Yakubu’s temporary exit raises fresh concerns in INEC
By Charles Kumolu
The stepping aside of Prof Mahmoud Yakubu as Chairman of Independent National Electoral Commission, INEC, for confirmation for a second term has ignited high-wire intrigues within and outside the commission over the soul of the Election Management Body, EMD, Vanguard learned.
Yakubu, who stepped aside last week after the expiration of his five-year tenure, got a renewal in a move sources knowledgeable in the ongoing intrigues said was against the constitution.
The constitution stipulated that the President in appointing officials into INEC shall consult with the Council of State, which includes former Presidents and all serving governors.
It is after the consultation and Council of State meeting that such an announcement is made.
The President of the Senate usually reads out the letter from the executive branch, signed by President Muhammadu Buhari, requesting Senate confirmation.
However, in the case of Yakubu, who stood down and handed over to Air Vice Marshal Ahmed Muazu, retd, in anticipation of Senate confirmation, sources said his tenure was “quickly renewed” to prevent contending forces in All Progressives Congress, APC, from having their way.
Buhari had in a statement by his spokesman, Femi Adesina, renewed Yakubu’s tenure. According to the statement, the President had written a letter to the Senate President, Ahmed Lawan, seeking confirmation of the INEC boss under section 154 of the constitution.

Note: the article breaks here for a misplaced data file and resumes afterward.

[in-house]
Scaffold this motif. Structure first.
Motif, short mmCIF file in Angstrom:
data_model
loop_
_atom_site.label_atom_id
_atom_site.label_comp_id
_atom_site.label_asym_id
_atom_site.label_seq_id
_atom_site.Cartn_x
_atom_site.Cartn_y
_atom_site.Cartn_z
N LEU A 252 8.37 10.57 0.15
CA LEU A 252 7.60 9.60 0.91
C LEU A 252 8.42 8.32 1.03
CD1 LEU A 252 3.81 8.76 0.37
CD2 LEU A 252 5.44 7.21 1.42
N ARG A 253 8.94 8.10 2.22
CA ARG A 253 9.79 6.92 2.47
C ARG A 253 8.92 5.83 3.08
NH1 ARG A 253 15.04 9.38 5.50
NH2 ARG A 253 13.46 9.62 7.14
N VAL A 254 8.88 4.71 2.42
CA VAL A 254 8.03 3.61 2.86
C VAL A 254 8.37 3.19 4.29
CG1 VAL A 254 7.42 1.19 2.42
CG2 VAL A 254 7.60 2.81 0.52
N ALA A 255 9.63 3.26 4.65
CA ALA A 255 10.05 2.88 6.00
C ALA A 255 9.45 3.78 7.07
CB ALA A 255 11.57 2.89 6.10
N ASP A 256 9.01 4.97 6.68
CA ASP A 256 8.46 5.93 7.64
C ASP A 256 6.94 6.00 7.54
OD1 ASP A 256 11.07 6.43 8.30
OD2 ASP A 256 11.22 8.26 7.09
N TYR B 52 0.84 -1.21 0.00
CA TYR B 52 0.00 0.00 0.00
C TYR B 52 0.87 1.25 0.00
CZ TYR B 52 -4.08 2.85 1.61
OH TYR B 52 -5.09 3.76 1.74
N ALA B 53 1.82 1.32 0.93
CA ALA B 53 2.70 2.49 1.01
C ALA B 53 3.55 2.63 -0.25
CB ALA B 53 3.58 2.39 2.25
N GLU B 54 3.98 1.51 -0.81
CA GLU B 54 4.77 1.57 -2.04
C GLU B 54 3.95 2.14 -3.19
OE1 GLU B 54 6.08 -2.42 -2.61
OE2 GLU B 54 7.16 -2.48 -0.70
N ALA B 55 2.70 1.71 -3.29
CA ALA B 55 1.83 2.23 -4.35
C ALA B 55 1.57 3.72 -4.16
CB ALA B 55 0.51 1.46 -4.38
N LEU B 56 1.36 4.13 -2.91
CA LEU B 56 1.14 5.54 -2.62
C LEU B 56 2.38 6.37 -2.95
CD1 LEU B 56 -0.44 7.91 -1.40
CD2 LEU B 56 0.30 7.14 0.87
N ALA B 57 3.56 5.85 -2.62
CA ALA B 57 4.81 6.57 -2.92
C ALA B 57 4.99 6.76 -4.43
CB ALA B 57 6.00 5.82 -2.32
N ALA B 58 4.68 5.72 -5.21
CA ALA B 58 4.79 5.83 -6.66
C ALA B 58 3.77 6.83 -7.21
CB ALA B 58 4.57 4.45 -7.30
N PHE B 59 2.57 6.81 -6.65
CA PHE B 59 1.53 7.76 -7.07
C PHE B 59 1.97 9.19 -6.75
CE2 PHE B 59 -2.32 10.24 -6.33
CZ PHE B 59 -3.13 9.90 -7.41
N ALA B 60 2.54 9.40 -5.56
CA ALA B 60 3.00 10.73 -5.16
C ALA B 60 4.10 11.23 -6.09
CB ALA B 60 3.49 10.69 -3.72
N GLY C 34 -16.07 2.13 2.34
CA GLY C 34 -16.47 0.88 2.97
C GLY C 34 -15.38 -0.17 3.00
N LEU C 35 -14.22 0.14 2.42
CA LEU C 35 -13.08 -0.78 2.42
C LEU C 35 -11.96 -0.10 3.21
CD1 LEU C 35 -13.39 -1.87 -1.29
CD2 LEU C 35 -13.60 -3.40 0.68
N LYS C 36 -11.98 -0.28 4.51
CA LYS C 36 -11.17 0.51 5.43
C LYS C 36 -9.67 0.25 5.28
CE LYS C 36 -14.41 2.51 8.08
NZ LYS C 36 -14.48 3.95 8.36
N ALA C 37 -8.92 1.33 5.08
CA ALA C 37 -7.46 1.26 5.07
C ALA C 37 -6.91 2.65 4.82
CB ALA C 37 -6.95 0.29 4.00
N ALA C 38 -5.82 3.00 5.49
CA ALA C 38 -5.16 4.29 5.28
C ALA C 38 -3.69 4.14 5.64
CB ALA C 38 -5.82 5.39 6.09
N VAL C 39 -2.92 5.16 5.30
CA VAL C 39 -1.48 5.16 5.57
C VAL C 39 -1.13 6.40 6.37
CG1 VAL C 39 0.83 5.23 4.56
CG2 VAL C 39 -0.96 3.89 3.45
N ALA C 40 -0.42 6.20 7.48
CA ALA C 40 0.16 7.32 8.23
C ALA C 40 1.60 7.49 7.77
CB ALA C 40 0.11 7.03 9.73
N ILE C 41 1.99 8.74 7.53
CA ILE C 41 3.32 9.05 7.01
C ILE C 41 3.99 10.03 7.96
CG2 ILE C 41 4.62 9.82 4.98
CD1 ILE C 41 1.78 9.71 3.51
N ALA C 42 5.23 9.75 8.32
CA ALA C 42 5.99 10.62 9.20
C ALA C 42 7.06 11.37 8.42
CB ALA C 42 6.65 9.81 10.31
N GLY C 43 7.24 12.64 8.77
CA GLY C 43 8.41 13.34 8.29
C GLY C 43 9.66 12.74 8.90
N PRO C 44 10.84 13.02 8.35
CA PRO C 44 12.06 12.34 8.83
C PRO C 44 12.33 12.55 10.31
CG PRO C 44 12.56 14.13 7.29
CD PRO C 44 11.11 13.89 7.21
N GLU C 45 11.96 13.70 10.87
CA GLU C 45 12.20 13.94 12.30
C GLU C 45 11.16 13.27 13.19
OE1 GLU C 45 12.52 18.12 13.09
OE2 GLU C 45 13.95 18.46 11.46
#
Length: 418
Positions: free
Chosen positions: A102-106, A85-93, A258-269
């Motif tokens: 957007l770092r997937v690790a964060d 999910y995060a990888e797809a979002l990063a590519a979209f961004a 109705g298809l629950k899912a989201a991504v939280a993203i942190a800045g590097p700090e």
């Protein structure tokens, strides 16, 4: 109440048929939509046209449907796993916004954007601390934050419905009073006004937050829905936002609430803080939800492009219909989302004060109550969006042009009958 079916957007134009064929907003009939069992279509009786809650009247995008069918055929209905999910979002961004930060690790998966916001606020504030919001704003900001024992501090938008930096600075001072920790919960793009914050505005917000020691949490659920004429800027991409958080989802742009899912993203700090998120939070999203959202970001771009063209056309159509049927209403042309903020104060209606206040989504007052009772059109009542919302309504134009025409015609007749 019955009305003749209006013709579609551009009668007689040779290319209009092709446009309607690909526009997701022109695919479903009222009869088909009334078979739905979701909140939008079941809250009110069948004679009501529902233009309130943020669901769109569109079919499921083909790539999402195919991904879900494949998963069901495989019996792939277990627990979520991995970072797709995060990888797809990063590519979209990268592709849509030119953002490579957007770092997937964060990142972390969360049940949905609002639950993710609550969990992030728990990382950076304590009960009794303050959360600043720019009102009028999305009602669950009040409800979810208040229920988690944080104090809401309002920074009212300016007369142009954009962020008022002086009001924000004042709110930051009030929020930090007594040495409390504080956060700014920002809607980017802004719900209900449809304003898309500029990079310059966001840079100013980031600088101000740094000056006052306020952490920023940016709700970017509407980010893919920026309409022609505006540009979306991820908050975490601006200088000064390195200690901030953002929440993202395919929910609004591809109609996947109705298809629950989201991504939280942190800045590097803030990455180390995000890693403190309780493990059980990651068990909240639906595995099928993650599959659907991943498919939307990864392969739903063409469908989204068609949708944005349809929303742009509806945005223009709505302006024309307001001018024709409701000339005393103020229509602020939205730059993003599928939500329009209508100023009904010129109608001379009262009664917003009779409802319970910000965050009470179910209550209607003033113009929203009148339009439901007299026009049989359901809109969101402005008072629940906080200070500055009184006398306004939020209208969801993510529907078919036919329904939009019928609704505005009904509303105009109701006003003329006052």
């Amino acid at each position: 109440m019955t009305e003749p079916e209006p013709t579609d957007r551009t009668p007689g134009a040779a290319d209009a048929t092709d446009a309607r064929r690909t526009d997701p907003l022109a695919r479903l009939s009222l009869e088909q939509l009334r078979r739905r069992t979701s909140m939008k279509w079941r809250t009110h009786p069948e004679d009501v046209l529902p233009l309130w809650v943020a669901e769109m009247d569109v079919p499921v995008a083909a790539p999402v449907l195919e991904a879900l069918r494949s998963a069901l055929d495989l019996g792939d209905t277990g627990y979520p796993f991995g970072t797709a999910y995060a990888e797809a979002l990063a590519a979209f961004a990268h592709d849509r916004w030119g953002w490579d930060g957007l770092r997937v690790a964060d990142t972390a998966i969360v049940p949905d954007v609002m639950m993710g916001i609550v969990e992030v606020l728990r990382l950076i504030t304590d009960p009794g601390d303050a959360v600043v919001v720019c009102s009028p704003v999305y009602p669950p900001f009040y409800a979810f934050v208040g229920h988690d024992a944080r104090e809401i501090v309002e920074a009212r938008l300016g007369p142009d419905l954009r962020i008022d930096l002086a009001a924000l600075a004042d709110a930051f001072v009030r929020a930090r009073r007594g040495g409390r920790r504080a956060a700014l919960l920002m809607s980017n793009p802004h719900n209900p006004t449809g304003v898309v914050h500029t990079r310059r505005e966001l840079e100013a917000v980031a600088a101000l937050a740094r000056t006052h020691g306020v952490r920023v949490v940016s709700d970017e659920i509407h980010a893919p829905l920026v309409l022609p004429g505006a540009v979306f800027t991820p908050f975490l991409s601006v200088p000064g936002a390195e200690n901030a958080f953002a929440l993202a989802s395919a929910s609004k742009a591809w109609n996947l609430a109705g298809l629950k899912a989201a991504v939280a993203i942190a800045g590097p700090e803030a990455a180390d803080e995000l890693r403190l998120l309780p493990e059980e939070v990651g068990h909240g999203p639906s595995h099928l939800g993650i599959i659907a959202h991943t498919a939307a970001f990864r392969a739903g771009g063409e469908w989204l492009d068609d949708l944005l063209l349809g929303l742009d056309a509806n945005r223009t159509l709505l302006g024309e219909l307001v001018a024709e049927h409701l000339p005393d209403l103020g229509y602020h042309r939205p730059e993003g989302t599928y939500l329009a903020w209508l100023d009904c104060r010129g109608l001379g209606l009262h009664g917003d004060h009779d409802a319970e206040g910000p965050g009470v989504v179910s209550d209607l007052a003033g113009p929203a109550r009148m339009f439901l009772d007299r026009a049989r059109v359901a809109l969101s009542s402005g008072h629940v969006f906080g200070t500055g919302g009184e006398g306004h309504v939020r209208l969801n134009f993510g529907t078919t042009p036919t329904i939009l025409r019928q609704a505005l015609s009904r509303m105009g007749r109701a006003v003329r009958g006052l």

Sources further told Vanguard that the controversy over the forthcoming national convention of APC has a direct link to the emerging power tussle regarding who controls the soul of INEC.
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Though signals regarding what went into the renewal of the tenure of Yakubu, are conflicting, there are concerns that his confirmation may not come easy. This is based on findings that a few powerful figures in the Senate belong to different power blocs, seeking to have control of the commission ahead of 2023 general election.
They are said to be interested in not just the headship of INEC, but the appointments of National Commissioners and Resident Electoral Commissioners. It was further learned that the move would ensure that current experienced commissioners who had exhibited neutrality in the conduct of elections that should be elevated are possibly removed.
Specifically, two influential persons in the Senate were gathered to belong to opposing camps.
Vanguard learned that while one is for the retention of Yakubu, the other, said to be acting with other forces, is believed to be rooting for a National Commissioner. The top INEC official, who hails from his geo-political zone, is also an in-law.
While there are indications that the Senate may not resume plenary until January 2021, as a result of ongoing work on the 2021 budget, it was learned that some forces are pushing for resumption this week to confirm Yakubu’s appointment.
Vanguard learned that the power play at the executive branch of government is championed by a powerful minister from the North-West.